Finding out another start-up has the same idea


I came up with a great idea for a webapp, I've been creating design docs, project specs etc. Everything was going well until I decided to google my idea, which to my surprise came up with one result nearly matching my early startup. They are months ahead ad have a moderate following on their blog.

My question is, what's the best way to deal with these sort of things? What I thought was a huge advantage with my startup was that it was one of a kind, now it's seemingly not.

Ideas Development Web App

asked Sep 20 '11 at 16:41
94 points
  • is the market space/opportunity for 2 similar products with slightly different approaches? Coke... Pepsi... both exist. – Long Winter 12 years ago
  • If you can do it better than the opposing startup, continue. If not, let it go. If it's the former, produce something (that is GOOD) as fast as possible and start making up for lost time. – Anonymous 12 years ago

5 Answers


This is the same as with any product

Think of some... laundry washing... liquid... selling... product... mobile phone... Something! Or think of a car!

How many with seemingly same properties are there? Lots!

And do they sell? Hell yeah! Most of them do.

How come? They either target different customers with different income, age etc. Some may be selling due to their past success and brand recognition. Well some may be even selling because of competitor's brand recognition.

How do they differentiate advertising? When product has nothing particularly new or different to offer it's wise to advertise its positively good aspect of it. So you send out a message of positively good info that is validnote.

When is having competition definitely high risk? The larger the market the more competition it allows because each competitor can take a market share that'll provide its profits. If target market is small each share creates too small revenue to be profitable.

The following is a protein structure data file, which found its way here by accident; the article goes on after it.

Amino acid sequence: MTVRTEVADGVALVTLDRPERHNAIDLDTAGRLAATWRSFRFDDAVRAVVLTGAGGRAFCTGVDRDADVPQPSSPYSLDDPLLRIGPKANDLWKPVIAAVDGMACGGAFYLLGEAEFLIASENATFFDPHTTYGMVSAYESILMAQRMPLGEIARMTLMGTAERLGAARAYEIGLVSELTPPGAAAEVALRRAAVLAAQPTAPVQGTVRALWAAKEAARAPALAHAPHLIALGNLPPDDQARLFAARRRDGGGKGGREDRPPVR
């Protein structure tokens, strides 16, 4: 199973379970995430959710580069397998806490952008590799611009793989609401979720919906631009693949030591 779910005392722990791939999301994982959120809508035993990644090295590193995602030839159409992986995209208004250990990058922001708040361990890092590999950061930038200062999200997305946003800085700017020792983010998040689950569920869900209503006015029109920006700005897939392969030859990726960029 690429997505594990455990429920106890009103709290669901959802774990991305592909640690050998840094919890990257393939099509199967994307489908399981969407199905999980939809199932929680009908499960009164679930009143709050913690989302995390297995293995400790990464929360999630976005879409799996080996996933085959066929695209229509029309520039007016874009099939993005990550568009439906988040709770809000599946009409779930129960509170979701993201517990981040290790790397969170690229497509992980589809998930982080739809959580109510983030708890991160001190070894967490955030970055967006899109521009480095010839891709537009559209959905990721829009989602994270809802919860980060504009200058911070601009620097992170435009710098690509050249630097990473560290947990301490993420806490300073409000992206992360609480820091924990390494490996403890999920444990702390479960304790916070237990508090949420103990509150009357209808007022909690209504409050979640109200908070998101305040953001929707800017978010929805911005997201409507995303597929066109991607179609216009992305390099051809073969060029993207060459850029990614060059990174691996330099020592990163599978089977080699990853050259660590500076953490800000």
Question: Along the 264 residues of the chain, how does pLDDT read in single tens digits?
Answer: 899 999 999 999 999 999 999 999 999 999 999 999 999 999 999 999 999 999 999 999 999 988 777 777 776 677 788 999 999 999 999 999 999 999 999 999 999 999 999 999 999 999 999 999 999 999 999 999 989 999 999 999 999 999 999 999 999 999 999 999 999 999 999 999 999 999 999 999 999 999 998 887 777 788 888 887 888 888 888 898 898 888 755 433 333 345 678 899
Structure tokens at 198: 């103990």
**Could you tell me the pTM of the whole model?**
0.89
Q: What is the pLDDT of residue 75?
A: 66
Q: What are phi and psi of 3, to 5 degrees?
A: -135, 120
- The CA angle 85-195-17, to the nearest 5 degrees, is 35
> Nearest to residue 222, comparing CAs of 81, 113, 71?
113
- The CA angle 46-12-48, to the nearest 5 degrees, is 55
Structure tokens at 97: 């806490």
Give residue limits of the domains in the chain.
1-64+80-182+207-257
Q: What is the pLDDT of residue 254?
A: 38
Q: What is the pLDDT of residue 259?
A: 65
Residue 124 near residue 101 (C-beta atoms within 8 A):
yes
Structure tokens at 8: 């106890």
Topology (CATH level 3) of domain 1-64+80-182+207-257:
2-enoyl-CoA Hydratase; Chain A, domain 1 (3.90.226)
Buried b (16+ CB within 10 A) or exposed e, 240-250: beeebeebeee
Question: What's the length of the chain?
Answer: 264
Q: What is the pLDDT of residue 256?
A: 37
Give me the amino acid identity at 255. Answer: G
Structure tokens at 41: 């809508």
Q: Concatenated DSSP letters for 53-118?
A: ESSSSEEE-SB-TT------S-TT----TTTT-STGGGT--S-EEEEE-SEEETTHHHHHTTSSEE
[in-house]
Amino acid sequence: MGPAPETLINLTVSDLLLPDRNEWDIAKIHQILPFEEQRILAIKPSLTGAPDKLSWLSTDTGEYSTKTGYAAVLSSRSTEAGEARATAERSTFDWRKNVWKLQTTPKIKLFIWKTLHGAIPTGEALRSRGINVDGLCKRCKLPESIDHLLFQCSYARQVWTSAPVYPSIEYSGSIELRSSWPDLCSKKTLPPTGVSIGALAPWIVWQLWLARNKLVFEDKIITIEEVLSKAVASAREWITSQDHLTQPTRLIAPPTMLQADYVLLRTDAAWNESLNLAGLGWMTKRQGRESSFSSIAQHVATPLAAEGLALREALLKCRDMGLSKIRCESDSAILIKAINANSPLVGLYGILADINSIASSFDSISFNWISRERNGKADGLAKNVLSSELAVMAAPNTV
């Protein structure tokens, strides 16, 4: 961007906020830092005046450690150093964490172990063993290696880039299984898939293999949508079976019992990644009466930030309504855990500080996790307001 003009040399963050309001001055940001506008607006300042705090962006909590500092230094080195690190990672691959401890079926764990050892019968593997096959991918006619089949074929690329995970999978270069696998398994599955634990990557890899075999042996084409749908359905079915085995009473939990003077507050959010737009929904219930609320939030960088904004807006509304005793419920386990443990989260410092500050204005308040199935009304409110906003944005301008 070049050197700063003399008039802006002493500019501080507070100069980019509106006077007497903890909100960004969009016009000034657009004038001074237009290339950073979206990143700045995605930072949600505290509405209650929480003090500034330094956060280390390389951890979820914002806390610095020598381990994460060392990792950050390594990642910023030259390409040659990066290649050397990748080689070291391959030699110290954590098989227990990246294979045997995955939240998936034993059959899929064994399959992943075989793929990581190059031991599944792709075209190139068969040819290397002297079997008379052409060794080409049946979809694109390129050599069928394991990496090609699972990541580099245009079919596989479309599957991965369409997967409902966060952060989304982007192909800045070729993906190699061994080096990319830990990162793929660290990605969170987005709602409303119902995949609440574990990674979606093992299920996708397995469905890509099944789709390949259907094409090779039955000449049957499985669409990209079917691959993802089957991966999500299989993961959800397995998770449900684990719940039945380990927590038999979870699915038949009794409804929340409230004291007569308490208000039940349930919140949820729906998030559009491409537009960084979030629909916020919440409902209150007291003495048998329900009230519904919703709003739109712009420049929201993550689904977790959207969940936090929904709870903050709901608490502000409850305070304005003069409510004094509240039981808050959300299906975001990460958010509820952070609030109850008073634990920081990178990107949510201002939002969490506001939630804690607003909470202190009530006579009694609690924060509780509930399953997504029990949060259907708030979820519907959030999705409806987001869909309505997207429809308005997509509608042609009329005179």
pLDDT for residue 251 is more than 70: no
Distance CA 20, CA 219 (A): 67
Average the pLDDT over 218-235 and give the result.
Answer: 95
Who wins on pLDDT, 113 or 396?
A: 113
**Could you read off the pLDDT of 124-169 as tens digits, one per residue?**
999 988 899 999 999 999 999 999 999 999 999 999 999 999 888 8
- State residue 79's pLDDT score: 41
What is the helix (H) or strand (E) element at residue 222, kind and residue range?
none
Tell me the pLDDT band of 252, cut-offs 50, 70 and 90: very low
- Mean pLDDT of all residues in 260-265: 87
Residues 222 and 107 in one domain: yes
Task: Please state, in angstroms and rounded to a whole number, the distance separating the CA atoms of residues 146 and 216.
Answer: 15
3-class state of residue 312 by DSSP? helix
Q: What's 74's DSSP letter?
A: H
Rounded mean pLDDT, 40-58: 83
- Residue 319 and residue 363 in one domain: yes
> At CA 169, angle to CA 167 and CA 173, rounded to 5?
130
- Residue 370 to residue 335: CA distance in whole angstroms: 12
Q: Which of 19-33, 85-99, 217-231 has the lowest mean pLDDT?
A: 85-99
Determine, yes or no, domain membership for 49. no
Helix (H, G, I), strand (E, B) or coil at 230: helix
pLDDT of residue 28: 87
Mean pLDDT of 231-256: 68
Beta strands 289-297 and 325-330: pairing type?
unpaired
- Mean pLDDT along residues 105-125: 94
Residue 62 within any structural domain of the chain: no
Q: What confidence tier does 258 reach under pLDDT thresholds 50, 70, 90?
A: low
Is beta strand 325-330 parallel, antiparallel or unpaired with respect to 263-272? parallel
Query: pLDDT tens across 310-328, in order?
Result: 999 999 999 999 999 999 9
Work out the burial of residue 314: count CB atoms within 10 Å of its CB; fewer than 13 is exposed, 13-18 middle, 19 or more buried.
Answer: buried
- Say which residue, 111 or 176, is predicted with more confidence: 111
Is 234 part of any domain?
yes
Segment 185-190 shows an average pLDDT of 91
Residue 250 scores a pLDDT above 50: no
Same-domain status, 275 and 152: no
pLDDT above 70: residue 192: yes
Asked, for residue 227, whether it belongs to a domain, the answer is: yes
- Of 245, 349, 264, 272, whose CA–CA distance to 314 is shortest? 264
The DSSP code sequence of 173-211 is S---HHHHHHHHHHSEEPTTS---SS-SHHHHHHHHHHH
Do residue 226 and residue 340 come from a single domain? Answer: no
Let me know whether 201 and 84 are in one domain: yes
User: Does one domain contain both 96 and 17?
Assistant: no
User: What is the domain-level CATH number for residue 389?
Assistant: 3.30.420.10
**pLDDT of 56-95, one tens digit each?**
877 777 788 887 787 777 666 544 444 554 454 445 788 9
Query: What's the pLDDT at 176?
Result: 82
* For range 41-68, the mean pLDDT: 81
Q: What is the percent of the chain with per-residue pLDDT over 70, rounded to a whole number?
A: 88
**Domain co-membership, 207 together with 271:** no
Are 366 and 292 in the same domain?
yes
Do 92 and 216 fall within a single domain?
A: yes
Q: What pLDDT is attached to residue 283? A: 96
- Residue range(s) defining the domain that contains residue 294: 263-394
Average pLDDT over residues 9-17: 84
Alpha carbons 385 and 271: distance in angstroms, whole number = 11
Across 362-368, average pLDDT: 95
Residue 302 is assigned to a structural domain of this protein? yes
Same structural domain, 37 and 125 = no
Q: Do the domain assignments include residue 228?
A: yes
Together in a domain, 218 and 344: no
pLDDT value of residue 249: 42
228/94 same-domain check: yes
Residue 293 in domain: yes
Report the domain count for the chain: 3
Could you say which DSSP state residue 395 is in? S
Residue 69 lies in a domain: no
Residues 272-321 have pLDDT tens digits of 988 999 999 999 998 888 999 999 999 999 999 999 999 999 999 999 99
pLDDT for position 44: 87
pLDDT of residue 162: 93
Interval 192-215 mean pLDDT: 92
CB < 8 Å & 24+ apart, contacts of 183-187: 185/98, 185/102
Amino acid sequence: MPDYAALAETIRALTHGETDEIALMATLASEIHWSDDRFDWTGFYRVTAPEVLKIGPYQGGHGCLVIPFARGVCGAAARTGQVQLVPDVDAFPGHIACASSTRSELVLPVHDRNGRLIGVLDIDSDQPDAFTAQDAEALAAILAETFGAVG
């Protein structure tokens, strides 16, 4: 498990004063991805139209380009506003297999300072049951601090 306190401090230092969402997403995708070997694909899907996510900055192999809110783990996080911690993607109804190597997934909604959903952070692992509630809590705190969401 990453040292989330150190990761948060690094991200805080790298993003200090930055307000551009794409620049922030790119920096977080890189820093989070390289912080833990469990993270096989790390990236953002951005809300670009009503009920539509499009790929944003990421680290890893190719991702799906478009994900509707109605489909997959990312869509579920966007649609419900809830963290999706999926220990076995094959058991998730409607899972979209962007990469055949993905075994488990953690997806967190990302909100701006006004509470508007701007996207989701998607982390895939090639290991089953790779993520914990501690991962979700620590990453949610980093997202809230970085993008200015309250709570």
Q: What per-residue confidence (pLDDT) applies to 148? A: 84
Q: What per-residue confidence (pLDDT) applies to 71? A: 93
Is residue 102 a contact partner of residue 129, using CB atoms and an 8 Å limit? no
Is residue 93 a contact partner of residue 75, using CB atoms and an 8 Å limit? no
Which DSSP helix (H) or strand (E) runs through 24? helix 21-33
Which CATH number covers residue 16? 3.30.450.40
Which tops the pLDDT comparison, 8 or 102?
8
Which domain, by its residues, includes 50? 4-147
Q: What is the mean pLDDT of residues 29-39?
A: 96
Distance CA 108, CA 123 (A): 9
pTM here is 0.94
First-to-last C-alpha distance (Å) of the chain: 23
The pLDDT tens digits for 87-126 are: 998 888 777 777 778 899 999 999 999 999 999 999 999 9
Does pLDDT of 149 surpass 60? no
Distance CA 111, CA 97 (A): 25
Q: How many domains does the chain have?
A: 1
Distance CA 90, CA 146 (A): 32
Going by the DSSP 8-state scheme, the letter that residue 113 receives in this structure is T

Note : Read this book that may help you with presenting your product on the competitive market. How to still make it viable for your product to compete against alternatives.

What about you?

The same facts apply to your product. If you think you can differentiate it on any aspect or advertise its positively good quality that could attract customers, than do it. If you get 10% market share it may still mean you'll prosper.

And if you're more passionate about your product than your competition it is likely you will get better.

answered Sep 20 '11 at 17:41
Robert Koritnik
308 points


To add to the excellent answers above:
finding that you have competition is an amazing thing when you think about it in the right way. It means your market is real enough, that other people are excited about it to. You can even use your competition as a form of social proof to investors, the fact that you have competition validates your idea, and your market to an investor. When someone says "We have no competition. We're the only company out there doing this" The first thing that goes through my mind is "If it's such a great idea, why isn't anyone else doing it?.